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Logo of bmjThis ArticleThe BMJ
BMJ. 2008 January 5; 336(7634): 10.
PMCID: PMC2174728
“Bare below the elbows”

Clinical value of a wristwatch

James Henderson, SpR plastic surgery1 and Sarah McCracken, SpR geriatric medicine2

Trusts are about to implement a “bare below the elbows” dress code policy for doctors. This includes the banishing of wristwatches from “clinical areas.”1 2 There is no evidence that wristwatches are carriers of infection. It has been proposed, but not shown, that watches may impair handwashing.1 Little account has been made of the clinical benefits of a wristwatch. Most beds and examination couches in hospitals do not currently allow sight of a clock.

Twenty appropriately trained healthcare staff were assessed for their ability to carry out basic clinical observations without the use of a second hand, to assess the dependence placed on wristwatches. Nine senior medical students, six junior doctors, one consultant, and four trained nurses were asked to evaluate heart rate (pulse) and respiratory rate on the Laerdal Sim Man simulated patient. Each participant was assessed at regular pulse rates of 83, 36, and 168 beats per minute and respiratory rates of 14, 30, and 4 breaths per minute. Participants were given as much time as they wanted to make their estimate.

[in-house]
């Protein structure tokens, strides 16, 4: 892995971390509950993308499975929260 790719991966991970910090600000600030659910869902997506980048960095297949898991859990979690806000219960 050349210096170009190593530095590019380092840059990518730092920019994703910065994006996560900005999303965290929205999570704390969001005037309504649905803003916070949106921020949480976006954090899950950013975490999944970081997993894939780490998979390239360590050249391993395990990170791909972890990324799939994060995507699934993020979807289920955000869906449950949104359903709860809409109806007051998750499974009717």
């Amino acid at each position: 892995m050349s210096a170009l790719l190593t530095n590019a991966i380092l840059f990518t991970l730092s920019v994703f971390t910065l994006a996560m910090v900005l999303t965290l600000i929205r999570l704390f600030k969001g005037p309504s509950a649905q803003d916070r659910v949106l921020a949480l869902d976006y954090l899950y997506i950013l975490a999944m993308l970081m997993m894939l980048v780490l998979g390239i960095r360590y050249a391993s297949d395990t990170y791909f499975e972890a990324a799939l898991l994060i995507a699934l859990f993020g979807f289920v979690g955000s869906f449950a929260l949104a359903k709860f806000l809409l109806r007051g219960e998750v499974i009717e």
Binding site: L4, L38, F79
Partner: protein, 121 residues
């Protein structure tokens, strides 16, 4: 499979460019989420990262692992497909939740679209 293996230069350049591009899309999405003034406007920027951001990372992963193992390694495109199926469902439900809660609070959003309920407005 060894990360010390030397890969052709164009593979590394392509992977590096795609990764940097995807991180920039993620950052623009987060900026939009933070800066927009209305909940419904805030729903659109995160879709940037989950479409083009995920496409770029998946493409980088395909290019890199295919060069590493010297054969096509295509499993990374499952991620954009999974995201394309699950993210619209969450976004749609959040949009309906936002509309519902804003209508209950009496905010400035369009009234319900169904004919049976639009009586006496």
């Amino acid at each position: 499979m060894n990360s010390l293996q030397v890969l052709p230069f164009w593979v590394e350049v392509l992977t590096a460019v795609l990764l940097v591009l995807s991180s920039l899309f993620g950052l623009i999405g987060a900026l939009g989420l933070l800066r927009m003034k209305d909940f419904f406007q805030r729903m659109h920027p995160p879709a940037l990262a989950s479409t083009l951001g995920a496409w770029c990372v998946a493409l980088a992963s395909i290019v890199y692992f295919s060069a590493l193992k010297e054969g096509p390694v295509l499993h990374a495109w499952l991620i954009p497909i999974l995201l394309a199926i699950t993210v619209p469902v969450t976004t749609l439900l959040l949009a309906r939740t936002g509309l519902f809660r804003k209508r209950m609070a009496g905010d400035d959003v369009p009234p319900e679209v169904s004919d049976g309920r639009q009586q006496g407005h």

Every participant took longer than one minute to make each estimate. All participants would have failed an undergraduate objective structured clinical examination (OSCE) station, and only one participant gave values for each reading that would not have been potentially dangerous in a clinical setting. Estimates for a pulse rate of 83 ranged from 60 to 120, and estimates for a respiratory rate of 14 ranged from 10 to 28, which shows that it was often not possible for healthcare professionals even to distinguish normal from abnormal without the use of a second hand.

This study highlights the necessity for doctors to have sight of a second hand when assessing patients, especially in emergency situations where a clock might not be present. A pilot study by the lead author of removing his own wristwatch had to be abandoned after one day because of consistent lateness.

Fob watches have been found to be impractical for some clinical procedures.3 If trusts wish to persist with the banning of wristwatches, they will be obliged to provide each bedspace with its own clock with a second hand. The same department of health guidelines commend the wearing of soft soled shoes to avoid “disturbing patients’ rest.”1 The sound of a thousand clocks ticking might be rather more than a little disturbing.


Competing interests: JH likes to wear a wristwatch.


1. Hartley JC, Mackay AD, Scott GM. Wrist watches must be removed before washing hands. BMJ 1999;318:328a
2. Jacob G. Department of Health. Guidelines: Uniforms and workwear: an evidence base for developing local policy 2007.
3. Nevill M, Ikeda M. Watch out for infection control. Br J Infect Contr 2006;7:12

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